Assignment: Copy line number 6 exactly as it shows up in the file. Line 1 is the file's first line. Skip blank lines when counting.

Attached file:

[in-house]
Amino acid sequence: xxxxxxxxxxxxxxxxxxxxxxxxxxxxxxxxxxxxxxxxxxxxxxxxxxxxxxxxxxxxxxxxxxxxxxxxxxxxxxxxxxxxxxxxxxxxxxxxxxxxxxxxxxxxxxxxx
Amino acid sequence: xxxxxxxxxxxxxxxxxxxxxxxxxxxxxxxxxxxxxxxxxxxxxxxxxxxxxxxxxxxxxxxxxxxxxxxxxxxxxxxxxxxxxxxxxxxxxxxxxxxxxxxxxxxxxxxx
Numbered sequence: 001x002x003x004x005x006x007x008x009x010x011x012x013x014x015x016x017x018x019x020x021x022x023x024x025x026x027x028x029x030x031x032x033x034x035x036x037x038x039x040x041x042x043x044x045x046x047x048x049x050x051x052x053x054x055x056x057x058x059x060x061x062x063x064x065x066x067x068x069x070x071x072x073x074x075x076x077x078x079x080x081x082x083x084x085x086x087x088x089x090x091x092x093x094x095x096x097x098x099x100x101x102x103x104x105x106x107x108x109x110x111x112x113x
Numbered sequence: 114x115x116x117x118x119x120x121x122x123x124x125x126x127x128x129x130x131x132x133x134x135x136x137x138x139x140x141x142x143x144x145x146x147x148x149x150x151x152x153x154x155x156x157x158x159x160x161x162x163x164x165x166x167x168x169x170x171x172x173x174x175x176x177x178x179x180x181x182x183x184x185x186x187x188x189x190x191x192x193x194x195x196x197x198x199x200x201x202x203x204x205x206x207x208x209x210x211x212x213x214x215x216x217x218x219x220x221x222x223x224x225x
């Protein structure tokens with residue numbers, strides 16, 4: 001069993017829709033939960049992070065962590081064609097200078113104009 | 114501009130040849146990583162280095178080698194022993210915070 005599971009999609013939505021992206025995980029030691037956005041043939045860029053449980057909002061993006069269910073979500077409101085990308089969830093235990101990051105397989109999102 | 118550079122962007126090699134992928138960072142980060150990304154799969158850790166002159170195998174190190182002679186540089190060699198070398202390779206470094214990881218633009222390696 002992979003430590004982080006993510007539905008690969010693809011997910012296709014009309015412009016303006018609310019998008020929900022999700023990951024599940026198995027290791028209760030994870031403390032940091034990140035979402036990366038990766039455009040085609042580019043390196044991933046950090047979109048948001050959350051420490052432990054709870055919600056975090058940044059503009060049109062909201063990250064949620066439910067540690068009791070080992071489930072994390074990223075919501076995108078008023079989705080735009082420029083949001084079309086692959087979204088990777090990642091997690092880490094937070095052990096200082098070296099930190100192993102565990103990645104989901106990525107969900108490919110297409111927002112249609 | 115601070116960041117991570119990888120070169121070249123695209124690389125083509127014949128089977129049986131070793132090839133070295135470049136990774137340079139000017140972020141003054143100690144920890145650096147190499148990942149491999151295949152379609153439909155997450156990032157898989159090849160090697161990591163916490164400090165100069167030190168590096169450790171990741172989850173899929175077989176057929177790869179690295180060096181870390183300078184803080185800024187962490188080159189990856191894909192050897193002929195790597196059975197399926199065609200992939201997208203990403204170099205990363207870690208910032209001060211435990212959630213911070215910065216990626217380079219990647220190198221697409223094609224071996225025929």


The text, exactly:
């Protein structure tokens with residue numbers, strides 16, 4: 001069993017829709033939960049992070065962590081064609097200078113104009 | 114501009130040849146990583162280095178080698194022993210915070 005599971009999609013939505021992206025995980029030691037956005041043939045860029053449980057909002061993006069269910073979500077409101085990308089969830093235990101990051105397989109999102 | 118550079122962007126090699134992928138960072142980060150990304154799969158850790166002159170195998174190190182002679186540089190060699198070398202390779206470094214990881218633009222390696 002992979003430590004982080006993510007539905008690969010693809011997910012296709014009309015412009016303006018609310019998008020929900022999700023990951024599940026198995027290791028209760030994870031403390032940091034990140035979402036990366038990766039455009040085609042580019043390196044991933046950090047979109048948001050959350051420490052432990054709870055919600056975090058940044059503009060049109062909201063990250064949620066439910067540690068009791070080992071489930072994390074990223075919501076995108078008023079989705080735009082420029083949001084079309086692959087979204088990777090990642091997690092880490094937070095052990096200082098070296099930190100192993102565990103990645104989901106990525107969900108490919110297409111927002112249609 | 115601070116960041117991570119990888120070169121070249123695209124690389125083509127014949128089977129049986131070793132090839133070295135470049136990774137340079139000017140972020141003054143100690144920890145650096147190499148990942149491999151295949152379609153439909155997450156990032157898989159090849160090697161990591163916490164400090165100069167030190168590096169450790171990741172989850173899929175077989176057929177790869179690295180060096181870390183300078184803080185800024187962490188080159189990856191894909192050897193002929195790597196059975197399926199065609200992939201997208203990403204170099205990363207870690208910032209001060211435990212959630213911070215910065216990626217380079219990647220190198221697409223094609224071996225025929």